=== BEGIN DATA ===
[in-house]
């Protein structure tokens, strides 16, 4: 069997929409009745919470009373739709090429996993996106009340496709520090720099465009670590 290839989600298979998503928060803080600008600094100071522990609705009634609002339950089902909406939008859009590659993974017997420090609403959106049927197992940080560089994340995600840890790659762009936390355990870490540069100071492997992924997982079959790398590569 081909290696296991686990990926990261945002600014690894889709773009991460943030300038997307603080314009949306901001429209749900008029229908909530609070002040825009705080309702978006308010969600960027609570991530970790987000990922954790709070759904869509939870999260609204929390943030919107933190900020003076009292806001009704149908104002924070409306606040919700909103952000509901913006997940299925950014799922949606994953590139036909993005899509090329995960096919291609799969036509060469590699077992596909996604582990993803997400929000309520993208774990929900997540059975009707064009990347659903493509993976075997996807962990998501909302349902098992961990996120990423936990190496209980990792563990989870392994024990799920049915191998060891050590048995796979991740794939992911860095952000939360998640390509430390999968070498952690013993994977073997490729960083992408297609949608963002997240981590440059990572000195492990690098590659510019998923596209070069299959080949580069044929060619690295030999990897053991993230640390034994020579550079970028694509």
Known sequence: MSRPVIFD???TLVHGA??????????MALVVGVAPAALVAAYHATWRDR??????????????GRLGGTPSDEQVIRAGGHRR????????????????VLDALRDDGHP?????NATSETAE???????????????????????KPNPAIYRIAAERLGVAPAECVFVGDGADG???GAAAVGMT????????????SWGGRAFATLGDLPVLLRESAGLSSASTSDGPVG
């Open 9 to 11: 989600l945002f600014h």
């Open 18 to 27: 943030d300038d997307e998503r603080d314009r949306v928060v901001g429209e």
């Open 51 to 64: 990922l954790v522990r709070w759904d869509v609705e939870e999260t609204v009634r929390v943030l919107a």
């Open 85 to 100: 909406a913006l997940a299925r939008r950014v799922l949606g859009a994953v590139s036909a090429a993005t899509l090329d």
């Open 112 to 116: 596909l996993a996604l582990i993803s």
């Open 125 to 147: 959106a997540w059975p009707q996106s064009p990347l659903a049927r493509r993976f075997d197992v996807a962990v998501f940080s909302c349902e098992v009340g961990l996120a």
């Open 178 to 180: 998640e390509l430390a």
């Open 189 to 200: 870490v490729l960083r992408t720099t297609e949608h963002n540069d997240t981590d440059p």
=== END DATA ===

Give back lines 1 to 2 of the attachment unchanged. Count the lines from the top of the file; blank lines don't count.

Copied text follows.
[in-house]
């Protein structure tokens, strides 16, 4: 069997929409009745919470009373739709090429996993996106009340496709520090720099465009670590 290839989600298979998503928060803080600008600094100071522990609705009634609002339950089902909406939008859009590659993974017997420090609403959106049927197992940080560089994340995600840890790659762009936390355990870490540069100071492997992924997982079959790398590569 081909290696296991686990990926990261945002600014690894889709773009991460943030300038997307603080314009949306901001429209749900008029229908909530609070002040825009705080309702978006308010969600960027609570991530970790987000990922954790709070759904869509939870999260609204929390943030919107933190900020003076009292806001009704149908104002924070409306606040919700909103952000509901913006997940299925950014799922949606994953590139036909993005899509090329995960096919291609799969036509060469590699077992596909996604582990993803997400929000309520993208774990929900997540059975009707064009990347659903493509993976075997996807962990998501909302349902098992961990996120990423936990190496209980990792563990989870392994024990799920049915191998060891050590048995796979991740794939992911860095952000939360998640390509430390999968070498952690013993994977073997490729960083992408297609949608963002997240981590440059990572000195492990690098590659510019998923596209070069299959080949580069044929060619690295030999990897053991993230640390034994020579550079970028694509």